# Precession of angular momentum in vector model

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1. Oct 31, 2015

### Jan Hidding

Hey everyone,
I just made an account because I have a problem concerning angular momentum and precession.

In the picture below you see the vectors l1 and l2 that make up total orbital angular momentum L precess around L. I can get my head around why that is the case. The same for s1 and s2 around S and L and S around J.

Precession and angular momentum have always been a weak subject for me, so if you could try to explain it as easy as possible that would be great :).

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2. Oct 31, 2015

### Staff: Mentor

Lets start by considering a single vector which corresponds to a eigenstate of $\hat{L}^2$ and $\hat{L}_z$, $| l,l \rangle$ (i.e., $m = l$). Since $\hat{L}^2 | l,l \rangle = l(l+1) \hbar^2 | l,l \rangle$, the classical vector has length $\sqrt{l(l+1)}$, with a projection on the z axis given by $\hat{L}_z | l,l \rangle = l \hbar | l,l \rangle$. This means that the vector does not point exactly along the z axis, but is at a slight angle. Because $\hat{L}_x$ and $\hat{L}_y$ do not commute with $\hat{L}_z$, this means that the projection of the vector on the xy plane is undefined. Classically, this is represented either by drawing the cone resulting from the rotation of the vector around the z axis ("cone of uncertainty"), or by considering that the vector is precessing around the z axis.

This is of course a classical representation of something quantum mechanical, but it is a good picture to represent the uncertainty due to the non-commutation.

When you add $l_1$ and $l_2$ into $L$, it simply displaces this uncertainty, or precession, around $L$ instead of the z axis.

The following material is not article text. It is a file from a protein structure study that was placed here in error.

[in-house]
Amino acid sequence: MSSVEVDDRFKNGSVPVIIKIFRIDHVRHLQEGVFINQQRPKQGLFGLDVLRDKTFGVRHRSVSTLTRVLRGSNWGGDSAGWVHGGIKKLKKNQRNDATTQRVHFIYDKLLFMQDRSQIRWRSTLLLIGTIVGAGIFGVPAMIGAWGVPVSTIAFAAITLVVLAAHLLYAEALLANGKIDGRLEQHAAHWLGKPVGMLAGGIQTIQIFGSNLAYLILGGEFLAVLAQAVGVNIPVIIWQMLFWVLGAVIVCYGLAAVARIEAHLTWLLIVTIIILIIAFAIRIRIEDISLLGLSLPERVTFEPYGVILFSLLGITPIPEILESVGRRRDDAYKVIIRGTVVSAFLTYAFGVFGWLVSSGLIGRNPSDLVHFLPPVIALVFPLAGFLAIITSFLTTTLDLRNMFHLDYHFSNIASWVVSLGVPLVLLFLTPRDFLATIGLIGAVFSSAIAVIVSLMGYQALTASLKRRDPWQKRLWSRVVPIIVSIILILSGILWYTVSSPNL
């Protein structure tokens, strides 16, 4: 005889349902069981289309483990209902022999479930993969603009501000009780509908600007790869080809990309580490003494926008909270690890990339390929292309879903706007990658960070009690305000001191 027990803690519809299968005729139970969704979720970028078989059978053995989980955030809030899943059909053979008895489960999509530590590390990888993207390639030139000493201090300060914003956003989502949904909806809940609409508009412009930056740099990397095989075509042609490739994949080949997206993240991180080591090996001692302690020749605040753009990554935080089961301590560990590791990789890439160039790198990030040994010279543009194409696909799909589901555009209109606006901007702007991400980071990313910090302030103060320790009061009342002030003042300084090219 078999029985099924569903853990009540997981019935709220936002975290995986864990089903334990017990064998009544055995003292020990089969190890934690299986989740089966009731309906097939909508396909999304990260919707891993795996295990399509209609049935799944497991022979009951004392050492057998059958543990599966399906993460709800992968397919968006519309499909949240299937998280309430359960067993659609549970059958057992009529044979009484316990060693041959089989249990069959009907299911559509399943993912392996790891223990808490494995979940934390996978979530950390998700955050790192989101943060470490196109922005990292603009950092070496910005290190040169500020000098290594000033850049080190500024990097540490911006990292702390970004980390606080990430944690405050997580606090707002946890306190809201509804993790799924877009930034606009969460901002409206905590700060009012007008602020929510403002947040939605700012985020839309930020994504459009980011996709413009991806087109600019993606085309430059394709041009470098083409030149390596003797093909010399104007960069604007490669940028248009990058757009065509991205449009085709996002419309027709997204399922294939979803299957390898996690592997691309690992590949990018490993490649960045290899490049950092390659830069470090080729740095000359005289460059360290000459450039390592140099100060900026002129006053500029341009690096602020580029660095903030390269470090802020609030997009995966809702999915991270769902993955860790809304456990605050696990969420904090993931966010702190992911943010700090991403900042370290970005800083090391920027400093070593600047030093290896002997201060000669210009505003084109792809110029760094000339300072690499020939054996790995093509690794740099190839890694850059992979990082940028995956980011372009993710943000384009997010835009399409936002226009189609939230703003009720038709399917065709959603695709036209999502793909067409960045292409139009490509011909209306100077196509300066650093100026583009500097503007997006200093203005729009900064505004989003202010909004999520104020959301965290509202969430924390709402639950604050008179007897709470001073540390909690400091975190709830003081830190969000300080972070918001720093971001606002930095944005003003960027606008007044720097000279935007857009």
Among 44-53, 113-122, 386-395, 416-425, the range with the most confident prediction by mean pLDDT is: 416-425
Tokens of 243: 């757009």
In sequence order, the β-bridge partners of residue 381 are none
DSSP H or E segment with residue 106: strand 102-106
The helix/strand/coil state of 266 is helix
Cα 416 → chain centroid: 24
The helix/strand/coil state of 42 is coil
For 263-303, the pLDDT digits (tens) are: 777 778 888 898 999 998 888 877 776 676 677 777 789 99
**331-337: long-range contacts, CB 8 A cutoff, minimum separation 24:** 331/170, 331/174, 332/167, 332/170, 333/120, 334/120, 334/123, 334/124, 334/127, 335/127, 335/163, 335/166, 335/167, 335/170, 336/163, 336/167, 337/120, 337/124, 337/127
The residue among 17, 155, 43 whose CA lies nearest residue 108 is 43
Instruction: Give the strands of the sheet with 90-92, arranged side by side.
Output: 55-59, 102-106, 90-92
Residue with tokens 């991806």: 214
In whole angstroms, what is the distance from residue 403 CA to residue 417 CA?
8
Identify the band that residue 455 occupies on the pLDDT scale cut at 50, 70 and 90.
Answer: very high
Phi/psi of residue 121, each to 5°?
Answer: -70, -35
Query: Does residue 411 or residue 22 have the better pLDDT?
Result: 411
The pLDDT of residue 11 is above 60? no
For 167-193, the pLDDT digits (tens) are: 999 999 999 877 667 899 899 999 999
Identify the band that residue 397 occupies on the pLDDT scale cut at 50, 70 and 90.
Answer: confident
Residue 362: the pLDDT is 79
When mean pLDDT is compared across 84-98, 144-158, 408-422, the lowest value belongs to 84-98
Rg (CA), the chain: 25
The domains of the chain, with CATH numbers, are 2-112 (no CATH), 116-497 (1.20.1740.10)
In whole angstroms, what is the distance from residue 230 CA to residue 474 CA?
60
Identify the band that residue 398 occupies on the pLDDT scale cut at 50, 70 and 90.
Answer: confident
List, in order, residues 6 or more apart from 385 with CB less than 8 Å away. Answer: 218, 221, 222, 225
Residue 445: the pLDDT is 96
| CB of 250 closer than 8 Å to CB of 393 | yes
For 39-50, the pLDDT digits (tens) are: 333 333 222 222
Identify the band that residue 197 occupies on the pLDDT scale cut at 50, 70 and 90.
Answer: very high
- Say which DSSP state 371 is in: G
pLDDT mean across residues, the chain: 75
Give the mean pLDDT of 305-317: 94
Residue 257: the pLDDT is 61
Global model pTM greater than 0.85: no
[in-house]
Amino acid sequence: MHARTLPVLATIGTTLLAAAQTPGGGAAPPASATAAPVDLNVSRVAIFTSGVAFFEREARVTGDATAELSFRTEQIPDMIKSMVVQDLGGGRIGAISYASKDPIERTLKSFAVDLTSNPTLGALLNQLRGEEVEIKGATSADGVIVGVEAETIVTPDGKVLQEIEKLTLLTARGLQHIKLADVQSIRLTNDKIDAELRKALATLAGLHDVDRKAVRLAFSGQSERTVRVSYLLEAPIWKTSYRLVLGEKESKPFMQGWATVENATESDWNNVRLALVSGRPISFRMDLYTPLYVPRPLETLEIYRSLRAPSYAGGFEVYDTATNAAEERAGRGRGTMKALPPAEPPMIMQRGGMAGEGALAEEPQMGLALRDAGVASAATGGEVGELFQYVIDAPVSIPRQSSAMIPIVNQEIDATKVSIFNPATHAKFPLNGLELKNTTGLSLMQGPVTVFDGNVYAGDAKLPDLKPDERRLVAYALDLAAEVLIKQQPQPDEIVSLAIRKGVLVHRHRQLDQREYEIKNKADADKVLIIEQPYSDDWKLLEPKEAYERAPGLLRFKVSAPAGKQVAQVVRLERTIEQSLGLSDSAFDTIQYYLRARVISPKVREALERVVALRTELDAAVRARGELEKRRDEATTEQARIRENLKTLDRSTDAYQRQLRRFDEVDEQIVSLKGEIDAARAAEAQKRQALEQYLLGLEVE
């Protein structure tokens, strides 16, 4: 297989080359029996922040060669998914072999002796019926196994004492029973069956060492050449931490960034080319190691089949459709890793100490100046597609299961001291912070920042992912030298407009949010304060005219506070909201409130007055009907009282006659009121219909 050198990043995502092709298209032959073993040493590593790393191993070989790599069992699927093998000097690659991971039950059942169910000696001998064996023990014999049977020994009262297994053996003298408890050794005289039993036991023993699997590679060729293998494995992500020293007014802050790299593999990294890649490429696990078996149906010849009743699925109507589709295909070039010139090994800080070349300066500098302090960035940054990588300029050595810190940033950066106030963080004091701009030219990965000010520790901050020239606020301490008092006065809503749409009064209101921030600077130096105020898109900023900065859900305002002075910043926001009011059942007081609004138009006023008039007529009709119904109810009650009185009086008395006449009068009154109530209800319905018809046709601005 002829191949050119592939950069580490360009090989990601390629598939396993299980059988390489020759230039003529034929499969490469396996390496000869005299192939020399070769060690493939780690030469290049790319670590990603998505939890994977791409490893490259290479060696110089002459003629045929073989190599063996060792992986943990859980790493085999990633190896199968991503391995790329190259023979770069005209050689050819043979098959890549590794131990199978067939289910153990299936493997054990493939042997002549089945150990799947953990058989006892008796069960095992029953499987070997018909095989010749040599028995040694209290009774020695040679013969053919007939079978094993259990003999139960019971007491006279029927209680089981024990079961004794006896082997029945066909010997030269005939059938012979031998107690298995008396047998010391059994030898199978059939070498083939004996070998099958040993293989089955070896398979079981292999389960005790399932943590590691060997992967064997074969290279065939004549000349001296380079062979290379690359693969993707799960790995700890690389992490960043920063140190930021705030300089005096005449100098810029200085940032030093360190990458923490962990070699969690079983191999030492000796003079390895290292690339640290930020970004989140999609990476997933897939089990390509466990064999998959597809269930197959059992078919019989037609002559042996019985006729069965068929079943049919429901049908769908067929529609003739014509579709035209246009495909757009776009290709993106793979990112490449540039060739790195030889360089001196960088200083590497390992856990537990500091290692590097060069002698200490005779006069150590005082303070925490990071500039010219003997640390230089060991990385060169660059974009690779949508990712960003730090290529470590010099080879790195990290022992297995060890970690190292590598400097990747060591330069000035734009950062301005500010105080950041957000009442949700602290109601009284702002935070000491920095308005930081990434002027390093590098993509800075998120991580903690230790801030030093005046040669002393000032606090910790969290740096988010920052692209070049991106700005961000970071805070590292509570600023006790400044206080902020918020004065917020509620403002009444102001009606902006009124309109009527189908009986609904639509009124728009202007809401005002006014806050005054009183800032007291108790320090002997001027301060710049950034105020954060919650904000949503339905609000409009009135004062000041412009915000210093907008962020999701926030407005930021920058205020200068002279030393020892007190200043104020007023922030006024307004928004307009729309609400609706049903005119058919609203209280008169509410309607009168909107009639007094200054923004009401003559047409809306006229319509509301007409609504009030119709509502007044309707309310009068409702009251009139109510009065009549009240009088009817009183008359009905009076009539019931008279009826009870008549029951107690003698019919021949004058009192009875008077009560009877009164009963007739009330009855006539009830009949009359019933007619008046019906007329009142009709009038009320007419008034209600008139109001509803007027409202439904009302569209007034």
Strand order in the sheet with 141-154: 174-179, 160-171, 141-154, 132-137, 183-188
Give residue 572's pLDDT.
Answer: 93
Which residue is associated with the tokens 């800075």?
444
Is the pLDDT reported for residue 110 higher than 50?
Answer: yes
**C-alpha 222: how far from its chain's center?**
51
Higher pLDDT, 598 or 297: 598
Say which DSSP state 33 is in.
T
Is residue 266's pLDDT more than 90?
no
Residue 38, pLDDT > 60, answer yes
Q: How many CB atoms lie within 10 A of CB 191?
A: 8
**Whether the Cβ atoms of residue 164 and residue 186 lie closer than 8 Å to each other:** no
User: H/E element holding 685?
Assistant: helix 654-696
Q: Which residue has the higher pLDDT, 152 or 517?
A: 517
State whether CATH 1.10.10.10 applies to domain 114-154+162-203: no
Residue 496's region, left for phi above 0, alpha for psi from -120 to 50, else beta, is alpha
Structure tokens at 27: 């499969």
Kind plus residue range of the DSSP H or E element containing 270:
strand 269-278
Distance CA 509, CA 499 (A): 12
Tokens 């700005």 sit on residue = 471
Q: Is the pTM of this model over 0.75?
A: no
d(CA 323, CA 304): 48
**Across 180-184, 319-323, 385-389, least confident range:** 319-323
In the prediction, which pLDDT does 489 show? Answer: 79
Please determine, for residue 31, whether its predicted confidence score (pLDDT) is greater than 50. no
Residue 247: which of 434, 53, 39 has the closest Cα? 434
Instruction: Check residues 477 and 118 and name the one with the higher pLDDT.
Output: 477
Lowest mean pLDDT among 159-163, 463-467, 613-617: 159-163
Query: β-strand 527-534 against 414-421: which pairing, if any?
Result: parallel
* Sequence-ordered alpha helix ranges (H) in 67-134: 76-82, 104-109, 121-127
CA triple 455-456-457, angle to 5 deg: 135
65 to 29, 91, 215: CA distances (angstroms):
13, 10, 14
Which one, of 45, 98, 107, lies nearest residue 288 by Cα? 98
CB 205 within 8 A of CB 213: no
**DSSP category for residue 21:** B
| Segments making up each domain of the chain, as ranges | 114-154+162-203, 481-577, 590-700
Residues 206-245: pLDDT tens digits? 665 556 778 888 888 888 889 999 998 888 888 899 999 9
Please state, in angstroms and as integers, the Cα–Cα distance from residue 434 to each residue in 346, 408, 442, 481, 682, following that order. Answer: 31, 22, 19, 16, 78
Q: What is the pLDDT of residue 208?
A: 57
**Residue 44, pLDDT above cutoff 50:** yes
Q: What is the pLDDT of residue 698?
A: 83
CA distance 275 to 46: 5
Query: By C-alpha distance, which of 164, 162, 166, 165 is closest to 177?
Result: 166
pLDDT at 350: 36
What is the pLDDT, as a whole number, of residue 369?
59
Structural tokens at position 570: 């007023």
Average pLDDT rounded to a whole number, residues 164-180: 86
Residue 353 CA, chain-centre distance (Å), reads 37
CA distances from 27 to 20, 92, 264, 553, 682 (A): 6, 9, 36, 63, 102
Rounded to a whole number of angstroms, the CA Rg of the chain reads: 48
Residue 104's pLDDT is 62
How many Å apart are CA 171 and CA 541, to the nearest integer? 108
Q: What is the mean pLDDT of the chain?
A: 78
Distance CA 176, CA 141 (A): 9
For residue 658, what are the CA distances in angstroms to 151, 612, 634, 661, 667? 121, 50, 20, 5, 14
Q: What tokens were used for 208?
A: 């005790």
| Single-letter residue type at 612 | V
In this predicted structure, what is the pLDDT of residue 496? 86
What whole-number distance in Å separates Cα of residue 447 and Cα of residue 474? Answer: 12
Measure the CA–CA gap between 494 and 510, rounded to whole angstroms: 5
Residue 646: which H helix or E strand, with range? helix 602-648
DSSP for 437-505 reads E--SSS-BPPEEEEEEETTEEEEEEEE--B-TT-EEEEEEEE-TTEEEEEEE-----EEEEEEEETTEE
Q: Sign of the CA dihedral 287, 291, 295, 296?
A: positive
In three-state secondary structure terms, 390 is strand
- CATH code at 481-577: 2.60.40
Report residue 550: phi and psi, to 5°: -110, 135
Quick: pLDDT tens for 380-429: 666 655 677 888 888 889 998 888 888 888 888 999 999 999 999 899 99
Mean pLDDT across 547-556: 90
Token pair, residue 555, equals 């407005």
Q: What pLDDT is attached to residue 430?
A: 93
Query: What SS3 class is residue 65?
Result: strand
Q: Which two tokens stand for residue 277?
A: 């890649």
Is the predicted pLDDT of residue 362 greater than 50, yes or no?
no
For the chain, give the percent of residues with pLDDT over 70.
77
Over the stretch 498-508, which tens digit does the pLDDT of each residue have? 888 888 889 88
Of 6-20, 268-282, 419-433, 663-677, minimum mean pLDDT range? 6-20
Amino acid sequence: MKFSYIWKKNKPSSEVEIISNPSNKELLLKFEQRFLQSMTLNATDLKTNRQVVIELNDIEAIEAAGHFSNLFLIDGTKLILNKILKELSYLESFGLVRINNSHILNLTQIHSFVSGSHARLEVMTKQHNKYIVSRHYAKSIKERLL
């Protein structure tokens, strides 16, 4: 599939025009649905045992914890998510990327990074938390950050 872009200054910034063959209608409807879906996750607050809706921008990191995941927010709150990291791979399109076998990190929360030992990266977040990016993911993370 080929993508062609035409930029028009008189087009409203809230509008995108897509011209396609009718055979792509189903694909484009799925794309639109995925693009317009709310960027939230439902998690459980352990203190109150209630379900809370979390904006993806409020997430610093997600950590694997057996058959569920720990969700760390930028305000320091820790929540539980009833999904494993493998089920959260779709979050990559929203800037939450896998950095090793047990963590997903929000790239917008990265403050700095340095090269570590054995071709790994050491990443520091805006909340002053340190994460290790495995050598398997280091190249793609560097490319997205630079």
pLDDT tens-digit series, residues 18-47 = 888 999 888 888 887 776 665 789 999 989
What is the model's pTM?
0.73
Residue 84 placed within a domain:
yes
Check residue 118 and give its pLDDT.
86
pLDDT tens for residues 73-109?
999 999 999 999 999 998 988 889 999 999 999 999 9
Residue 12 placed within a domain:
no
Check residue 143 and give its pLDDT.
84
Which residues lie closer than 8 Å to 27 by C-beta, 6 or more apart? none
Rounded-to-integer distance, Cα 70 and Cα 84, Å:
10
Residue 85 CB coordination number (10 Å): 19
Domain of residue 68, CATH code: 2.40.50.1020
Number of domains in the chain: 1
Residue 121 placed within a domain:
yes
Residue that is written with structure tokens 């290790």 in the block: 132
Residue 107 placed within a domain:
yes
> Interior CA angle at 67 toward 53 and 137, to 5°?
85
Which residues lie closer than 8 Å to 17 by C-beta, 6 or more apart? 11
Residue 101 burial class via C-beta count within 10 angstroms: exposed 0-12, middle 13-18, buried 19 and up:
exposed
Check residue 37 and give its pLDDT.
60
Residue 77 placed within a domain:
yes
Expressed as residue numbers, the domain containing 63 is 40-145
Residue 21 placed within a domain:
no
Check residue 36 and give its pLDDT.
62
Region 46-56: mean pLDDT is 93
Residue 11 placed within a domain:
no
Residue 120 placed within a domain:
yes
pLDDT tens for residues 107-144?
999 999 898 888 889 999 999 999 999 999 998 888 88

3. Nov 1, 2015

### Jan Hidding

Thanks for your reply. I think I understand it a bit better now. I get the fact about uncertainty of the projection on the xy-plane as they do not communte with $L^2$ and $L_z$ but how can it be that the cone is due to precession. Where does the precession of the vector comes from?

4. Nov 1, 2015

### maNoFchangE

The idea of precession actually becomes clearer when one considers the particle under a uniform magnetic field pointing in one direction. If the interaction between particles can be neglected, the Hamiltonian will only be due to the magnetic moment of individual particles: $H = -\frac{gq}{2m}BL_z$. For an arbitrary state $|\psi\rangle$ at $t=0$, its time evolution is given by $|\psi(t)\rangle = e^{-iHt/\hbar}|\psi\rangle$. If you the calculate the expectation value of $L_x$ with respect to $|\psi(t)\rangle$:
$$\langle L_x \rangle_{psi(t)} = \langle\psi| e^{iHt/\hbar} L_x e^{-iHt/\hbar}|\psi\rangle$$
You should find $\langle L_x \rangle_{psi(t)} = \langle L_x \rangle_{psi(0)} \cos\omega t - \langle L_y \rangle_{psi(0)} \sin \omega t$ with $\omega = \frac{gq}{2m}B$, which suggests that the angular momentum is precessing in time.

5. Nov 4, 2015

### Jan Hidding

I think I got it now. Thanks for your help :)!